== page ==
This seminar will examine the material text in Europe, from the later Middle Ages through the early modern period (1300–1700). We will consider the production and circulation of manuscripts and early printed books, with a broad focus: we will range across descriptive bibliography (i.e. how to describe the physical features of a book) and various theoretical approaches that fall under the broad umbrella of the “History of the Book.” Students will have the opportunity to work in detail with the primary sources at the Newberry, “adopting” both a manuscript and printed text to research and share with your classmates throughout our four meetings. Both of the instructors firmly believe that to be a good medievalist one should know about print, and to be a good early modernist, one should know about manuscripts. The class is intended to appeal to those working in numerous disciplines, from literary studies, to history, to art history, and beyond.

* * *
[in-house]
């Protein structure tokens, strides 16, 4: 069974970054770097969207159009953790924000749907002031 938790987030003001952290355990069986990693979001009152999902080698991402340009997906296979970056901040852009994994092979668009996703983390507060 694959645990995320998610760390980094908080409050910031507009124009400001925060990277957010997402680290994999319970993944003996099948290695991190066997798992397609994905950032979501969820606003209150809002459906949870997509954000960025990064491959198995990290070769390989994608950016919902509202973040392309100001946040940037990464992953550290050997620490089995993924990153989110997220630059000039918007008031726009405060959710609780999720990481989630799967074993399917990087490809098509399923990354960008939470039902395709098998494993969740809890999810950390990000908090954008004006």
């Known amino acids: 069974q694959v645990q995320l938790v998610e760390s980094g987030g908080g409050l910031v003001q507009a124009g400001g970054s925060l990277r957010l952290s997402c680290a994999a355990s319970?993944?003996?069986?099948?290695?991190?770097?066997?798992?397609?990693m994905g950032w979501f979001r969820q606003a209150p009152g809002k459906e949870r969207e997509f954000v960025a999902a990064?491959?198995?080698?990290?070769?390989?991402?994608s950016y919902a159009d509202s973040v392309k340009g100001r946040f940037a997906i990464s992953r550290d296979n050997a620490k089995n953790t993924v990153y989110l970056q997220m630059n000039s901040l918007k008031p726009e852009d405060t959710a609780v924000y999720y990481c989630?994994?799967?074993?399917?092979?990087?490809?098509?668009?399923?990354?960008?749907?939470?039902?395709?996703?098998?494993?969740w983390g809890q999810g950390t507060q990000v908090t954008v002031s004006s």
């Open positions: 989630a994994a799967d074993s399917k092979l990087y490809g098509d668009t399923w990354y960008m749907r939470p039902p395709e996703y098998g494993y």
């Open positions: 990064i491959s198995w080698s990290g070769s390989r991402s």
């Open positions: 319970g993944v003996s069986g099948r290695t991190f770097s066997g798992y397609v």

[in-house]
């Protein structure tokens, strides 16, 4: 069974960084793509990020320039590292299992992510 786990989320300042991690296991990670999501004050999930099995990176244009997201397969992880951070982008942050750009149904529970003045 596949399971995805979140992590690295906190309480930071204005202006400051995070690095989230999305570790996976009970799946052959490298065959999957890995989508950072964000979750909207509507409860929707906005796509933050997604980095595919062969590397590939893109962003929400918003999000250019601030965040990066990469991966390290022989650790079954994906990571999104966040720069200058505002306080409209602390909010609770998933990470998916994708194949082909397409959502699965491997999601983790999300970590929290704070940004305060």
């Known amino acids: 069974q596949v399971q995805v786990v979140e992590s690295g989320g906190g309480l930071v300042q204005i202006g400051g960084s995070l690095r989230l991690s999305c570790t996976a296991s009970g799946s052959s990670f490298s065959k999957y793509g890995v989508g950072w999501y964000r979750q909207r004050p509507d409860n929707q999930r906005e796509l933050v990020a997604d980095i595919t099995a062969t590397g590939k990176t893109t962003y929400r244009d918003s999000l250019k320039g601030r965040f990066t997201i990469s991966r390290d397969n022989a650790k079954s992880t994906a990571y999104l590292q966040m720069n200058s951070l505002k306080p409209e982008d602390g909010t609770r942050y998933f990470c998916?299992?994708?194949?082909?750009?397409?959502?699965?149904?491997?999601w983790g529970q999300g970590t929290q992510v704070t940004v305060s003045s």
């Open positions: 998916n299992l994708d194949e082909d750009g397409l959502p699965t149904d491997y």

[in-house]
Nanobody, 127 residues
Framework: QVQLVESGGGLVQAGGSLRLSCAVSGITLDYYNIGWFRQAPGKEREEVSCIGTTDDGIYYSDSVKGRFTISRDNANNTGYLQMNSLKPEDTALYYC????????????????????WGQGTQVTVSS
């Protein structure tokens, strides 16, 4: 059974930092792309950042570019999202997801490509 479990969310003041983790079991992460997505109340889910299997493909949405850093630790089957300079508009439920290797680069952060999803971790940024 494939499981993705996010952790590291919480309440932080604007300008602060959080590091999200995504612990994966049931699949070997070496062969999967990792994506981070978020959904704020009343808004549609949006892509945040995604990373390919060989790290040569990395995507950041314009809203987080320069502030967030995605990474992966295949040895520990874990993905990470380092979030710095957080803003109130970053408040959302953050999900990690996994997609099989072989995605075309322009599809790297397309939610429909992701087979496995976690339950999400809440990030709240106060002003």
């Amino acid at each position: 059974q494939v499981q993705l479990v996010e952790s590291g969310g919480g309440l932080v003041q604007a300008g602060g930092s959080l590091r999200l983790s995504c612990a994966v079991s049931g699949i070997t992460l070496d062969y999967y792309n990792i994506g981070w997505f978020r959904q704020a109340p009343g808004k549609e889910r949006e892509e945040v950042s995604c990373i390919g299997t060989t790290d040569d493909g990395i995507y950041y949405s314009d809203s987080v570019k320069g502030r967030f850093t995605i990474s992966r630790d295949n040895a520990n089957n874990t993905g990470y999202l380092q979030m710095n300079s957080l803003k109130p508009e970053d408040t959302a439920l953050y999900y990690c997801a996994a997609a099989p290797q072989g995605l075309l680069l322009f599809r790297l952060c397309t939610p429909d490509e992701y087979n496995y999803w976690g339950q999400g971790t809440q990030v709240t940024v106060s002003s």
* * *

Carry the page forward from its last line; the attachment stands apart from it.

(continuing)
Class meetings will be tailored to the individual research projects of those enrolled. Our meetings will be divided between three tasks: discussing scholarship on the material text; working with primary materials in the Newberry’s collection that relate to your research; and workshopping drafts of a dissertation chapter related to manuscripts or early print. We aim to help each student have a completed draft of a dissertation chapter by the end of the seminar.
The seminar is limited to 12 participants, but is open to all graduate students in the early stages of their dissertation who have written at least a proposal and/or first chapter. Students need not be ABD.
Learn more about the instructors, Adam Hooks and Michael Johnston.